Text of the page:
Sep 11, 2014

Is the Big 4's dominance in ATP finally over?


After nearly one decade of Grand Slam finals involving long time nemeses Roger Federer, Rafael Nadal or Novak Djokovic, Croatian Marin Cilic's victory over Kei Nishikori at the US Open finally gave new hope to the other tennis players that they do not have to wait for too long to be succeed.

Believe it or not, the discussion in the next major tournament, would be on whether someone else besides the Big 4 will win the championship. Whatever happened in the past two weeks could determine the future of the Australian Open and the subsequent majors in 2015. However, to check the current tennis market, you may go to William Hill online betting.

Since the 2005 French Open, all 38 consecutive Grand Slam finals have been dominated by at least one of Federer, Nadal or Djokovic. There were four exceptions in nearly 10 years with Juan Martin del Potro's victory over Federer at the US Open in 2009, Murray's wins against Djokovic at the US Open in 2012 and Wimbledon last year, and Stanislas Wawrinka's defeat of Nadal at the Australian Open early this January.

''That they are great champions, and it's going to take so much to break them and to break (into) the finals of a Grand Slam or to be able to win it,'' Marin Cilic the newly crowned US Open champion told the journalists between TV appearances in Manhattan.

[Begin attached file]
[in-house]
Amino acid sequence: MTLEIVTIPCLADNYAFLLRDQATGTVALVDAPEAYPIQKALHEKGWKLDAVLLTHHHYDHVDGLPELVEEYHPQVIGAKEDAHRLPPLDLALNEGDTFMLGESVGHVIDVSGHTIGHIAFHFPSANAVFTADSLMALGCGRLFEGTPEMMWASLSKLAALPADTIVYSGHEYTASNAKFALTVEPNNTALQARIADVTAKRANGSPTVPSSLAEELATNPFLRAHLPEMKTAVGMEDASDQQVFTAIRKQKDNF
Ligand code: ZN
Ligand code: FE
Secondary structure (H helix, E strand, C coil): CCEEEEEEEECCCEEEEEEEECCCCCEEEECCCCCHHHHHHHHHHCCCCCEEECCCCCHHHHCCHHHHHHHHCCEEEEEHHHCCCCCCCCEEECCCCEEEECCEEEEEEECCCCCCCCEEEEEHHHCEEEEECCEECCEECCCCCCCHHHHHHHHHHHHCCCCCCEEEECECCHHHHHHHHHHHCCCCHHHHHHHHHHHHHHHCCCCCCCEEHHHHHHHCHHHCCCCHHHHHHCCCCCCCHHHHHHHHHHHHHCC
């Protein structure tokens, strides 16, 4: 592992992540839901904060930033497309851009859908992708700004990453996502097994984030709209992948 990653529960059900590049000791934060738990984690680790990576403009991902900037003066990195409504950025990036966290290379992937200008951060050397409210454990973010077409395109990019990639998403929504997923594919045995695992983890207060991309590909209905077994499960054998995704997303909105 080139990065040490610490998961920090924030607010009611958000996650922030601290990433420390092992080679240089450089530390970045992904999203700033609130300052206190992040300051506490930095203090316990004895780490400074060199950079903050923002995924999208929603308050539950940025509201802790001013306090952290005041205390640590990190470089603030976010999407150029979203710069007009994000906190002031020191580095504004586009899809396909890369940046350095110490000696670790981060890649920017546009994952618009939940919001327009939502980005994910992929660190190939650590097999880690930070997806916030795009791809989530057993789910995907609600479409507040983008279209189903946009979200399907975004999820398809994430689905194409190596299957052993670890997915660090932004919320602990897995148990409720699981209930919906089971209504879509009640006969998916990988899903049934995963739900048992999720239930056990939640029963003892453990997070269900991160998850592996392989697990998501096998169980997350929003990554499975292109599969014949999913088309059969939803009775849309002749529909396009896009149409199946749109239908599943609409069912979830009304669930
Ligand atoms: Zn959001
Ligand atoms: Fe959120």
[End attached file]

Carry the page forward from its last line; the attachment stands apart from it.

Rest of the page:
''Last several years, it almost felt like you have to play incredible tennis in order to achieve that,'' Cilic said.

''And I would say I was also a little bit lucky here. There was no Rafa. And I had a good draw. I didn't play Novak or Andy or those guys,'' he added.

The Croatian's unbelievable win in New York included a straight-set domination of Federer in the semifinals, raising questions yet again about whether, at 33, the 17-time major champion will ever add to his trophies again.

Nadal missed the opportunity to defend his title due to his right wrist injury, while Djokovic was humbled by Kei Nishikori who emerged as a finalist but eventually lost his bid to become the first Asian to win a Grand Slam title. Meanwhile, Murray who is one of the 'Big 4' is not quite up to the standards he was setting before a back surgery a year ago.

Perhaps Wawrinka's triumph in Melbourne has given hope to some including Cilic that things were going to be different from then on. Just look at the results of the Grand Slam semifinal debuts by Ernests Gulbis at the French Open in June, and by Grigor Dimitrov and Milos Raonic at Wimbledon the following month.

''They are coming. They are there. This is good for tennis,'' said Cilic's coach, 2001 Wimbledon champion Goran Ivanisevic.

''This is a new, fresh breath of air for tennis, and tennis needed this.''

However Cilic remained humble and not ready to write off the 'Big 4' yet. He shouldn't be.

''I mean, the guys are going to still be there,'' Cilic said looking ahead to next season.

It's just going to get more exciting from here. The upcoming Asian swing and indoor hardcourt season will give us a better clue on what will happen next year.


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